Gains were prevalent in the quarter, boosted further by the mid-September announcement that the Fed would not yet taper. Some notable Q3 advances: Shanghai Composite, 9.88%; Hang Seng, 9.89%; Nikkei 225, 5.69%; Asia Dow, 4.33%; Kospi, 7.17%; Europe Dow, 15.56%; STOXX 600, 8.93%; CAC 40, 10.82%; DAX, 7.98%; FTSE 100, 3.97%; TSX Composite, 5,43%; Bovespa, 10.29% … and lapping the field, more or less, Argentina’s MERVAL rose an astonishing 60.73%. Among the big global indices, the Global Dow gained 9.57%, the MSCI World Index 7.68% and the MSCI Emerging Markets Index 5.01%. The Jakarta Composite lost 10.43% in Q3, the IPC All-Share 1.08% and the Sensex 0.08%.1,24


After a disastrous Q2, precious metals rebounded on the COMEX in Q3: gold gained 8.4%, silver 11.5%, platinum 5.4% and palladium 10.1%. Oil futures rose 6.0% in Q3; natural gas was nearly flat for the quarter, RBOB gasoline lost 3.0%, and heating oil rose 3.9%. This has not been a good year for key crops so far: the worst quarter for corn in 17 years and the worst quarter for soybeans in four put those respective futures at -36.8% and -9.6% YTD. Wheat was down 12.8% YTD at the end of the quarter; at least rice stood at +1.8% YTD.25,26,27,28


Existing home sales were still up 1.7% in August, the National Association of Realtors noted, with buyers scrambling to lock in rates after a 6.5% gain for July. New home sales fluctuated – down 14.1% in July, but back up 7.9% a month later. As for new residential construction, it was hard to spot a trend – the Census Bureau reported housing starts up 0.9% in August, and building permits down 3.8% (although permits for single-family construction were up 3% in August to the highest level in 5½ years). Pending home sales fell 1.4% for July and another 1.6% for August. Home values – as measured by the S&P/Case-Shiller Home Price Index – had risen 12.4% in a year by July. 9,29,30,31


Contrary to the assumption of many, mortgage rates actually declined in the quarter. Eyeing Freddie Mac’s June 27 and September 26 Primary Mortgage Market Surveys, we see the following descents: 30-year FRM, 4.46% to 4.32%; 15-year FRM, 3.50% to 3.37%; 5/1-year ARM, 3.08% to 3.07%; 1-year ARM, 2.66% to 2.63%.32


The S&P 500 ended Q3 at 1,681.55, the NASDAQ at 3,771.48 and the DJIA at 15,129.67, finishes that lead to the impressive Q3 and YTD numbers seen on the following chart. The Russell 2000 closed at a new all-time high of 1,078.41 on September 26, rising 9.85% for Q3 to end September at 1,073.79; the CBOE VIX fell 1.54% in Q3 and ended the quarter at 16.60.1,2

THE 2 Biggest retirement misconceptions

While the idea of retirement has changed, certain financial assumptions haven’t.


We’ve all heard about the “new retirement”, the mix of work and play that many of us assume we will have in our lives one day. We do not expect “retirement” to be all leisure. While this is becoming a cultural assumption among baby boomers, it is interesting to see that certain financial assumptions haven’t really changed with the times.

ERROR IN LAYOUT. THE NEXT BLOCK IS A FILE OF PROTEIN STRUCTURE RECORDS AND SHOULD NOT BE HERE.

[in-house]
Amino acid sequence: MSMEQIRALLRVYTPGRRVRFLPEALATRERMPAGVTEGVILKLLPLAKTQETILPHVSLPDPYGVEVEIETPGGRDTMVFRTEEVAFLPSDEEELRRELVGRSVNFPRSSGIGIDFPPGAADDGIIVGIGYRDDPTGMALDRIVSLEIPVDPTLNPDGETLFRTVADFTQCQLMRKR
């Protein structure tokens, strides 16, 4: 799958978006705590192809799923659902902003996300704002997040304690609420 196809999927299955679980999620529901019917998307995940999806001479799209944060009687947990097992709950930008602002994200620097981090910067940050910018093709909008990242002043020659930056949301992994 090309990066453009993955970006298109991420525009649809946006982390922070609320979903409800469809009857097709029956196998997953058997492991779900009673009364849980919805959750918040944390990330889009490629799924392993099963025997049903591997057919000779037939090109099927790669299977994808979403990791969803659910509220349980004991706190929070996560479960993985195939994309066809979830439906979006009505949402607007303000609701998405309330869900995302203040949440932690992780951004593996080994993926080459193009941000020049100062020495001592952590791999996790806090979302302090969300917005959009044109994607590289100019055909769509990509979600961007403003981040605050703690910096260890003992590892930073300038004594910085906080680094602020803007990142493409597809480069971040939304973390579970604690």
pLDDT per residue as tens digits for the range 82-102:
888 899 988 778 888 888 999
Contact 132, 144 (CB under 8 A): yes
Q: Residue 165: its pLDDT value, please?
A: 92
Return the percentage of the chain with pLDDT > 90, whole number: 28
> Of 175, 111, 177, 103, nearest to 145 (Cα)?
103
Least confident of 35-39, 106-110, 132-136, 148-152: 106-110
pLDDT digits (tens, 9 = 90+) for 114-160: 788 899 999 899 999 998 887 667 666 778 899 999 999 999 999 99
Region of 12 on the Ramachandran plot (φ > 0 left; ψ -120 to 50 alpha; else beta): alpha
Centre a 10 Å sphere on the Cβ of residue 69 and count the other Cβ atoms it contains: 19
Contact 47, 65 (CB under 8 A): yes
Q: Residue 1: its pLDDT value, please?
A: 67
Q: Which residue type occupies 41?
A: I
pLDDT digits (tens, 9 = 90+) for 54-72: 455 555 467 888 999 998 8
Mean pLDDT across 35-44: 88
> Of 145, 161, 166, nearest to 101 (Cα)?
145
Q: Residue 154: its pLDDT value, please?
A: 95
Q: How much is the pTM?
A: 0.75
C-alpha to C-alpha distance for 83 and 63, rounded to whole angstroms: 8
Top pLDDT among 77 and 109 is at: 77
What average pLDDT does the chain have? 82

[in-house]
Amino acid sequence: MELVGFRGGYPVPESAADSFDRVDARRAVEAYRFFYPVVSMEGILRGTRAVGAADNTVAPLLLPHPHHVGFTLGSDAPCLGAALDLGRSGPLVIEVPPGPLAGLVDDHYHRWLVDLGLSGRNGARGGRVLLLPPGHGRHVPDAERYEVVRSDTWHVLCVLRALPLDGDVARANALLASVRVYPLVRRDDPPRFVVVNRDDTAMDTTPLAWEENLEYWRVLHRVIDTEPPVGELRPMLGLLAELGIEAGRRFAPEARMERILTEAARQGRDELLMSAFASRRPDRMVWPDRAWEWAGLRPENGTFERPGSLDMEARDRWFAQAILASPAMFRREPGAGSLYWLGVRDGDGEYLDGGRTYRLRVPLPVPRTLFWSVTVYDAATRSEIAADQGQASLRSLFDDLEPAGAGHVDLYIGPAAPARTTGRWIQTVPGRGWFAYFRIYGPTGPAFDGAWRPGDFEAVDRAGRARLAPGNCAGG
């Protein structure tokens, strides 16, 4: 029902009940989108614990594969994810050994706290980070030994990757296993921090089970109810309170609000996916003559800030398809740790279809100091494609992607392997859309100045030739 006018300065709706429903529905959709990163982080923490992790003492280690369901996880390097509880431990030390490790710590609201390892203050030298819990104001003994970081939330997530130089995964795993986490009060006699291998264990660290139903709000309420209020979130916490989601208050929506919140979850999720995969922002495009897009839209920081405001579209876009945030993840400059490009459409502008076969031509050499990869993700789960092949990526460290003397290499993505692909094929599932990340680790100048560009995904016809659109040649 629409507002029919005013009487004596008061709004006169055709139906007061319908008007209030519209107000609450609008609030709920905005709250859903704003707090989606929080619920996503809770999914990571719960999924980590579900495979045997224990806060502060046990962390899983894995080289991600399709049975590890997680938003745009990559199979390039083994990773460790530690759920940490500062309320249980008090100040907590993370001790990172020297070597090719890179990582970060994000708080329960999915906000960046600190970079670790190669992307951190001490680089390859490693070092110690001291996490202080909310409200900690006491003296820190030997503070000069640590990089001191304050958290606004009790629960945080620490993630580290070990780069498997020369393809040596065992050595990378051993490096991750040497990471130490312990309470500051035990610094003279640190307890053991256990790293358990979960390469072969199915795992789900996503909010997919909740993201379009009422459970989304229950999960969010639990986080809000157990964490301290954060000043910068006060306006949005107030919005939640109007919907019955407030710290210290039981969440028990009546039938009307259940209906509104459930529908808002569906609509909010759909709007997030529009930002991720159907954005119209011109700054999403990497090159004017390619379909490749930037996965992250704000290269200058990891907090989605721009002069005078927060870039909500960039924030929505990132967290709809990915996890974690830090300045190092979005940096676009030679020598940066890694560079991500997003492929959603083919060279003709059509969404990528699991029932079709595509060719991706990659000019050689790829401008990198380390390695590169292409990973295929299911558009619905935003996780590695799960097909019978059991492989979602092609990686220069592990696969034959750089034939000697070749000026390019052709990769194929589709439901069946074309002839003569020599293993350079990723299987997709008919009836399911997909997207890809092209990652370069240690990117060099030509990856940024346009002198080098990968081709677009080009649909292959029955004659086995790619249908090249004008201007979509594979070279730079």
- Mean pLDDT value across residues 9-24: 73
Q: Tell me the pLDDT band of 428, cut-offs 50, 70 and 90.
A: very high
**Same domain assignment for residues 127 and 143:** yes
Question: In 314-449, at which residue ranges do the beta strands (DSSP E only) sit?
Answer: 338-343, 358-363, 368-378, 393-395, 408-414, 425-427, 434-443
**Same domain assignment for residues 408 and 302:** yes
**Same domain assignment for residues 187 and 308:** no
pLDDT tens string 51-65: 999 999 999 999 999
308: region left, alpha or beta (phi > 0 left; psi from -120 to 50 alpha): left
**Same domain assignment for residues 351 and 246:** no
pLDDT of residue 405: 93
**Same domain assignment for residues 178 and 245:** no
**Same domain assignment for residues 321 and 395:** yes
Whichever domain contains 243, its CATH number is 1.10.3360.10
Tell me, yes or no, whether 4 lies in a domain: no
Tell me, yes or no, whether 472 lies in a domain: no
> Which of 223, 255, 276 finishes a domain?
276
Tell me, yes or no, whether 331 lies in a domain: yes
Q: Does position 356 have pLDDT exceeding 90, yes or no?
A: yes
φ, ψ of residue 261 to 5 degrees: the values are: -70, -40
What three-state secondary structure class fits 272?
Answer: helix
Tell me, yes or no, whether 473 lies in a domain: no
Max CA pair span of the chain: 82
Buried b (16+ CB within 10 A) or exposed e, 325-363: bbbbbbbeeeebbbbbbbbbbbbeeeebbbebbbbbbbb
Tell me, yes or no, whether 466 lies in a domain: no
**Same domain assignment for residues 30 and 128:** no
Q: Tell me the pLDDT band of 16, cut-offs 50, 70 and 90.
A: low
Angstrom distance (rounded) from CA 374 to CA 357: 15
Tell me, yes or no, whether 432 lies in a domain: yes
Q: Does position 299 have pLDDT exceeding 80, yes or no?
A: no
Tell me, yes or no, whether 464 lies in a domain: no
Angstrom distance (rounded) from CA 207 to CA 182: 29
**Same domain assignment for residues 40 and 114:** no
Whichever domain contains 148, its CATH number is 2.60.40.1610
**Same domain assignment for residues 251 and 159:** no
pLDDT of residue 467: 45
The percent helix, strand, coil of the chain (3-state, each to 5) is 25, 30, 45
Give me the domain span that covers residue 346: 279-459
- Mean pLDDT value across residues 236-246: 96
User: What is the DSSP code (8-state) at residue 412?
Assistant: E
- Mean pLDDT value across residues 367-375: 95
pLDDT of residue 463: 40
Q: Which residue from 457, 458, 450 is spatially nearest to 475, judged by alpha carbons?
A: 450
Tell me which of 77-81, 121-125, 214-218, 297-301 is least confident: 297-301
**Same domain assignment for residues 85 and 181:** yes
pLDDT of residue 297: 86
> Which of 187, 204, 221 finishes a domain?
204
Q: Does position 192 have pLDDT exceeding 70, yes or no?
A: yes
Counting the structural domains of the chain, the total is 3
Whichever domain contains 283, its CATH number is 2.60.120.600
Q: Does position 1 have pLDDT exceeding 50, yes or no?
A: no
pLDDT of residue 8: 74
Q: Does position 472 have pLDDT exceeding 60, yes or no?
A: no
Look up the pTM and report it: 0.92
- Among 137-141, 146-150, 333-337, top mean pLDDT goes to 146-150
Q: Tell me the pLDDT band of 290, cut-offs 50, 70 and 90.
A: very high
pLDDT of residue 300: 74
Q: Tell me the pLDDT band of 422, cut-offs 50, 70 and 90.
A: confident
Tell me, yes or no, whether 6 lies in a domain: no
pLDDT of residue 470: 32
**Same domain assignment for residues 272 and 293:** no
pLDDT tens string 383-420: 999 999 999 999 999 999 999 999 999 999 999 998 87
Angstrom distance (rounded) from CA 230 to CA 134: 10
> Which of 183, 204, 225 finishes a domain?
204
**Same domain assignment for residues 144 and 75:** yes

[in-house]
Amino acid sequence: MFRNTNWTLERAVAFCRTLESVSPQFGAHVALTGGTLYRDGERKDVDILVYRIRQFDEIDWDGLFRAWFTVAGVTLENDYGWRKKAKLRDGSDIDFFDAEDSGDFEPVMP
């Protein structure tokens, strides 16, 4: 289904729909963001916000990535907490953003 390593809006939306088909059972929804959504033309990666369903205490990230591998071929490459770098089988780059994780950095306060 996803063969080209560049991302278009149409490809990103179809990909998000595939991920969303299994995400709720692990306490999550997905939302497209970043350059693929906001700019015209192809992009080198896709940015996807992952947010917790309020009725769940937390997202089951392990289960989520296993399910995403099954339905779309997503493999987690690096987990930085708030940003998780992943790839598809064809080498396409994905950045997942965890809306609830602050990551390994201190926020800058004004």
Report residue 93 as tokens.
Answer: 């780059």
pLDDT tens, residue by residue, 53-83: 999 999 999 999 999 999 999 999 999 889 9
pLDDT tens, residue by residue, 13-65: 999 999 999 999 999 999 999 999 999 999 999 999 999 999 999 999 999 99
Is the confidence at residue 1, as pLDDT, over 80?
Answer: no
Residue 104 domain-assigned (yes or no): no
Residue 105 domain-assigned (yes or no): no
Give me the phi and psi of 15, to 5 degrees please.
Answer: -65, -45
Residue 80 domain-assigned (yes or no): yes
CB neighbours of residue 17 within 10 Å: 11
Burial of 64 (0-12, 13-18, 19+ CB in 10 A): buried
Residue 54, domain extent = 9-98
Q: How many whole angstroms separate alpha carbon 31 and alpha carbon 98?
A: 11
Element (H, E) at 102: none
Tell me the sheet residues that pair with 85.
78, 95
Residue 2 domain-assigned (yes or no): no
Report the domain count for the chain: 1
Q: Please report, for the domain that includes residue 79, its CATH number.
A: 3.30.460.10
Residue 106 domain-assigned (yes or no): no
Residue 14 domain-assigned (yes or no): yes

In particular, there are two financial misconceptions that baby boomers can fall prey to – assumptions that could prove financially harmful for their future.

#1) Assuming retirement will last 10-15 years. Historically, retirement has lasted about 10-15 years for most Americans. The key word here is “historically”. When Social Security was created in 1933, the average American could anticipate living to age 61. By 2005, life expectancy for the average American had increased to 78.1

However, some of us may live much longer. The population of centenarians in the U.S. is growing rapidly – the Census Bureau estimated 71,000 of them in 2005 and projects 114,000 for 2010 and 241,000 in 2020. It also believes that 7.3 million Americans will be 85 or older in 2020, up from 5.1 million 15 years earlier.2

If you’re reading this article, chances are you might be wealthy or at least “affluent”. And if you are, you likely have good health insurance and access to excellent health care. You may be poised to live longer because of these two factors. Given the landmark health care reforms of the Obama administration, we could see another boost in overall American longevity in the generation ahead.

Here’s the bottom line: every year, the possibility is increasing that your retirement could last 20 or 30 years … or longer. So assuming you’ll only need 10 or 15 years worth of retirement money could be a big mistake.

In 2010, the American Academy of Actuaries says that the average 65-year-old American male can expect to live to 84½, with a 30% chance of living past 90. The average 65-year-old American female has an average life expectancy of 87, with a 40% chance of living past 90.3

Most people don’t realize how much retirement money they may need. There is a relationship between Misconception #1 and Misconception #2 …

#2) Assuming too little risk. Our appetite for risk declines as we get older, and rightfully so. Yet there may be a danger in becoming too risk-averse.

Holding onto your retirement money is certainly important; so is your retirement income and quality of life. There are three financial issues that can affect your quality of life and/or income over time: taxes, health care costs and inflation.